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Imaging pH Levels With a Cobalt MRI Probe

Published July 10, 2018

Left: pH-sensitive ratiometric response. Right: A pH map.
Left: pH-sensitive ratiometric response. Right: A pH map.

A new pH sensitive contrast agent for MR imaging has been developed that produces image contrast based on the local pH and that has great potential for use in living animals and medical diagnostics.

What did the scientists discover?

MagLab users demonstrated the use of molecular cobalt complexes as ratiometric magnetic resonance imaging (MRI) pH sensors. These complexes feature two responsive functional groups that influence the surrounding bulk water molecules with opposing pH dependence. This provides a highly pH-sensitive ratiometric response that can be used to generate a pH map.

Why is this important?

Reduced tissue pH is closely associated with a number of pathological conditions, including tissue inflammation, cancer, and ischemia (inadequate blood supply to an organ). As such, the ability to accurately map tissue pH in a noninvasive manner would be of great importance for the early detection and treatment of many diseases. This approach exhibits the potential for visualizing pH changes with unprecedented sensitivity using MRI.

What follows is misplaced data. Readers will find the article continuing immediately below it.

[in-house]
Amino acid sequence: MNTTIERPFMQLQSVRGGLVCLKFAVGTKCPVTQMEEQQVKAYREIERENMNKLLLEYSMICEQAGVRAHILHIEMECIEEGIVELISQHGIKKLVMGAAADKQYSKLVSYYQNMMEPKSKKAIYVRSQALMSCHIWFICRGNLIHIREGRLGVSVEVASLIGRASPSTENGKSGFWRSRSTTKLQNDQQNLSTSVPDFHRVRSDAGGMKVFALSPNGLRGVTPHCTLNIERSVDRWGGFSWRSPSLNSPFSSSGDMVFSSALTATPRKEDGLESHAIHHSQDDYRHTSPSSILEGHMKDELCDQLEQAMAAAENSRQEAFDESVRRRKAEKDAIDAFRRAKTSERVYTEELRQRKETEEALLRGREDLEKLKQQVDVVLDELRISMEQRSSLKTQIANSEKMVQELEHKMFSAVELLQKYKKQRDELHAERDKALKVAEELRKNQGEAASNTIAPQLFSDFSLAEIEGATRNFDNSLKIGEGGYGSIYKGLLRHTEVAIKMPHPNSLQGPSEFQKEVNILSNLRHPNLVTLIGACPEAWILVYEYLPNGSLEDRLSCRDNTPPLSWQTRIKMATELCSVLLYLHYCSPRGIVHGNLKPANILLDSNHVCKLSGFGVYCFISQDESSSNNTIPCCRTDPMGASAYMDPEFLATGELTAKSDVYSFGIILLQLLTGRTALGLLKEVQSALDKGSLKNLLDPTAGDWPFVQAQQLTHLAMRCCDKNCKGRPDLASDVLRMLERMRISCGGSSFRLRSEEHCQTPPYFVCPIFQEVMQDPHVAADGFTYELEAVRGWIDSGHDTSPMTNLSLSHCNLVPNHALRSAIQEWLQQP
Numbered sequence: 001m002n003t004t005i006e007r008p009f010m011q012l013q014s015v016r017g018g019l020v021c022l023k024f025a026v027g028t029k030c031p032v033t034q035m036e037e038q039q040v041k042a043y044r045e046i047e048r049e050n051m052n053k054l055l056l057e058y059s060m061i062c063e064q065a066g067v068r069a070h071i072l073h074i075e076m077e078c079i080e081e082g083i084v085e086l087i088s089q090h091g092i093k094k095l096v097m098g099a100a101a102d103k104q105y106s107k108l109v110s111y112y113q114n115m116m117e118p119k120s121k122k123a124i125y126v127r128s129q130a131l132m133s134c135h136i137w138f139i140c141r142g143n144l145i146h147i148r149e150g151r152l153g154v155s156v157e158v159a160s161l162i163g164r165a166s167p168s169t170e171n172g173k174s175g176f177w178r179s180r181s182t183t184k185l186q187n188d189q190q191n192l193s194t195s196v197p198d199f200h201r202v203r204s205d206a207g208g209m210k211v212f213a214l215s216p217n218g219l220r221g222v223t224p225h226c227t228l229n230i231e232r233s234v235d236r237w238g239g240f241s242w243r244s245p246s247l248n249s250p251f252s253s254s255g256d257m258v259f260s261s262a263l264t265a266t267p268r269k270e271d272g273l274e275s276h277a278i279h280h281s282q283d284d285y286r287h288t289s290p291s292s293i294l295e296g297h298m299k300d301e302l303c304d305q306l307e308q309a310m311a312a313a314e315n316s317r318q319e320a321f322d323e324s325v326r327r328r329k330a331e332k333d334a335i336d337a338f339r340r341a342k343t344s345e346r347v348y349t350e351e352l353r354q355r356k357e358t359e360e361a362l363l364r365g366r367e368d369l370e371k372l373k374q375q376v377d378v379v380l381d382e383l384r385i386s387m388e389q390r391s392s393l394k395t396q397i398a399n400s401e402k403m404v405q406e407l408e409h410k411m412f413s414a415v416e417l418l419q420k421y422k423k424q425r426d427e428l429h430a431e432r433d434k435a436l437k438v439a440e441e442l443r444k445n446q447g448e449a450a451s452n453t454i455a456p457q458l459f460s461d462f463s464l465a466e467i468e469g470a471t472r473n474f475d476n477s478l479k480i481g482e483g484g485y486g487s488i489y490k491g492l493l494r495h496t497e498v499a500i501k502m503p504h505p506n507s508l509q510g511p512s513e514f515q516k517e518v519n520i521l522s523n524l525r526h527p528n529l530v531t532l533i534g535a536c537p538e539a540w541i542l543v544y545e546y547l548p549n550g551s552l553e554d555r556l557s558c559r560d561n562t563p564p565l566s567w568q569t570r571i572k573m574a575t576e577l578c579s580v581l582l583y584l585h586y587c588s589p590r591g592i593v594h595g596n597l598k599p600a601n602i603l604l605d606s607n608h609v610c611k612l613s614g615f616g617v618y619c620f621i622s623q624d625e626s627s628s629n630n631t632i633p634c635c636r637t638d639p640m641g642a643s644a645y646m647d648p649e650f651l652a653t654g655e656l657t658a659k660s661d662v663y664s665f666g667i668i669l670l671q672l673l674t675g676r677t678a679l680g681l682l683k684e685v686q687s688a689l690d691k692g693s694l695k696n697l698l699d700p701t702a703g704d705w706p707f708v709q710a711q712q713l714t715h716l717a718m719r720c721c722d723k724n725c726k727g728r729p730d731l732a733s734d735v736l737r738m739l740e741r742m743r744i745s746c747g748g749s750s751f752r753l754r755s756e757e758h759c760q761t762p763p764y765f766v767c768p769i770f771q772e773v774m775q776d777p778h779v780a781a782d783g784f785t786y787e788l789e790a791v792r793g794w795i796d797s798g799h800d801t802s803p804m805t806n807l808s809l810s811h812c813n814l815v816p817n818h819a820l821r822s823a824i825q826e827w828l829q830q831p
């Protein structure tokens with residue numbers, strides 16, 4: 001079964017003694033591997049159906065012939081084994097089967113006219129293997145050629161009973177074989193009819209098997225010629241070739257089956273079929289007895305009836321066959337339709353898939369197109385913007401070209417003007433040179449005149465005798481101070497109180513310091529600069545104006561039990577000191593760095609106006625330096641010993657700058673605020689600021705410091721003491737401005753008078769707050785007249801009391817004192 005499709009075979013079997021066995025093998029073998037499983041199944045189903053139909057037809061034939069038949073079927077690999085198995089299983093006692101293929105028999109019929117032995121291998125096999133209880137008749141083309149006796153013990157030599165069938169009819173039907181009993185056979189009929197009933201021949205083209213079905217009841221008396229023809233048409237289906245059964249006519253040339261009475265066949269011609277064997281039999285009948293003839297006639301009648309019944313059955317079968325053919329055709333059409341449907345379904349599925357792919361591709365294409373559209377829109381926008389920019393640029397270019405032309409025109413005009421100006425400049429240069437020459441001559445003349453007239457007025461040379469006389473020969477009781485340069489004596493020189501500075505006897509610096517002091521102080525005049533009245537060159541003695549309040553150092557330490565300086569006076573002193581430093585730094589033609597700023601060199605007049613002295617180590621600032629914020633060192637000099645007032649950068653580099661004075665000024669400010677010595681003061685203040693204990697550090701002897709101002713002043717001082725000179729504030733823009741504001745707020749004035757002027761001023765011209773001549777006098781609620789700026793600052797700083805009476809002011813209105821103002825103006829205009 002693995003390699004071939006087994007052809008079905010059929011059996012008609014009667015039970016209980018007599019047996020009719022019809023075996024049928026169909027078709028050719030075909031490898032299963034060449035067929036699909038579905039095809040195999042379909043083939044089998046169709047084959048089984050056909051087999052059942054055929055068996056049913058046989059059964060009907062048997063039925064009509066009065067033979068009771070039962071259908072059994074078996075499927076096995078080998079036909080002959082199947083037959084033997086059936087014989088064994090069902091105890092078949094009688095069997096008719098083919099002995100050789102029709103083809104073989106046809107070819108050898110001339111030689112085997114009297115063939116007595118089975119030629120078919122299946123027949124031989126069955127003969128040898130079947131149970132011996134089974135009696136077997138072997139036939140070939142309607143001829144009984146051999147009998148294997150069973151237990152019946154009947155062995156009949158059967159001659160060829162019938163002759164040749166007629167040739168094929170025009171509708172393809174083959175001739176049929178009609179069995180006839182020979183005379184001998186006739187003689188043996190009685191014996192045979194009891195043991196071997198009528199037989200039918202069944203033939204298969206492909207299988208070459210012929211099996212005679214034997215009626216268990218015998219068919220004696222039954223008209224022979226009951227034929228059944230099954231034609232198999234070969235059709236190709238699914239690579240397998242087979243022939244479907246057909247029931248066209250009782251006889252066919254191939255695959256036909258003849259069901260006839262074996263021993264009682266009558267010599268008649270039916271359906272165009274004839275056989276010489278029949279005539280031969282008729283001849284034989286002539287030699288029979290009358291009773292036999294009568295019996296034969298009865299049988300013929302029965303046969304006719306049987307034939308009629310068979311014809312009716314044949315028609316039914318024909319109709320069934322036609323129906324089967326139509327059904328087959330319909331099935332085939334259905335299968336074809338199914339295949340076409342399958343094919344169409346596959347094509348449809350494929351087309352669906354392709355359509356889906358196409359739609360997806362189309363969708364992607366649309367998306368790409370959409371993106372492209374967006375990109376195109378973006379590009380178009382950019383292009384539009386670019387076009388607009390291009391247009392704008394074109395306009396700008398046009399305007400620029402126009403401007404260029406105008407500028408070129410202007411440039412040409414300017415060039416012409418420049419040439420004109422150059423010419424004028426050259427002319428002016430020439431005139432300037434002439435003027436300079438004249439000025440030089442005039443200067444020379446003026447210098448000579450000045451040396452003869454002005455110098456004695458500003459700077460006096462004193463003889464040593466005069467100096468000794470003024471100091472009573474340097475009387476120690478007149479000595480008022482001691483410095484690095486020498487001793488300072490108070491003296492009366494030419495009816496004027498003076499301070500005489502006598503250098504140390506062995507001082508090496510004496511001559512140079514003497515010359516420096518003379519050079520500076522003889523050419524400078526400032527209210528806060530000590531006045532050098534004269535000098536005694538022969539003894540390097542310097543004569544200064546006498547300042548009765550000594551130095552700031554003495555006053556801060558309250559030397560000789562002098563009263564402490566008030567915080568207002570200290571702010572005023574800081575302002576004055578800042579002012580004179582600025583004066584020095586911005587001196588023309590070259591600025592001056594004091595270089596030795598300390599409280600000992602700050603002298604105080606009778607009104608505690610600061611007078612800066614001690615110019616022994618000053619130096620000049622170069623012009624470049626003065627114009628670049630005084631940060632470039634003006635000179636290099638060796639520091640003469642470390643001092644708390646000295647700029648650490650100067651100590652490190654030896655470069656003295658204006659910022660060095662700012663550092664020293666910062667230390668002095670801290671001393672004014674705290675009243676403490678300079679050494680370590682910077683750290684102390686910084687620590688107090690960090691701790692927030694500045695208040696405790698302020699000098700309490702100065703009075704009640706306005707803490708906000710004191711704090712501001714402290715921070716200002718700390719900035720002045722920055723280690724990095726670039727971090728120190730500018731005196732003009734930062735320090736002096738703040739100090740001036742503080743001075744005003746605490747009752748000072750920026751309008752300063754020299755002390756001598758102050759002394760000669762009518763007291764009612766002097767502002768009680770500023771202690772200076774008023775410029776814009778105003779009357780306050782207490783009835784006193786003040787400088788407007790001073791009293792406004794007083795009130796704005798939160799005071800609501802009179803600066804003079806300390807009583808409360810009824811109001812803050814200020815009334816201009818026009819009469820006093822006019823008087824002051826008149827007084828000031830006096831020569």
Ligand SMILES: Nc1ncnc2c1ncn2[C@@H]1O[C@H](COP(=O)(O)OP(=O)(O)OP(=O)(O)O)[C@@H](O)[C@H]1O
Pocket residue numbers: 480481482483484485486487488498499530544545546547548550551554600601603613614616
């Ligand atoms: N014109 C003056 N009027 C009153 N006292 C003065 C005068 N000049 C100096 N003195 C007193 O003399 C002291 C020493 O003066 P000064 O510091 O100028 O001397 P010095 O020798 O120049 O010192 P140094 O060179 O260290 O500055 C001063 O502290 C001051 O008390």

Who did the research?

Agnes E. Thorarinsdottir1, Kang Du1, James H. P. Collins2, T. David Harris1

1Northwestern University; 2National MagLab

Why did they need the MagLab?

The high probe sensitivities of the unique instruments at the MagLab’s AMRIS Facility, in conjunction with the strong MRI technique experience of the AMRIS staff, enabled the acquisition of high-resolution phantom images of our pH-sensing compound even at low concentrations.

Details for scientists


This research was funded by the following grants: G.S. Boebinger (NSF DMR-1157490, NSF DMR-1644779); T.D. Harris (FA8650-15-5518, NSF NNCI-154220)

For more information, contact Joanna Long.

Tools They Used

This research was conducted in the 750 MHz MRI system at the MagLab's AMRIS Facility located at the University of Florida.

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Last modified on 28 December 2022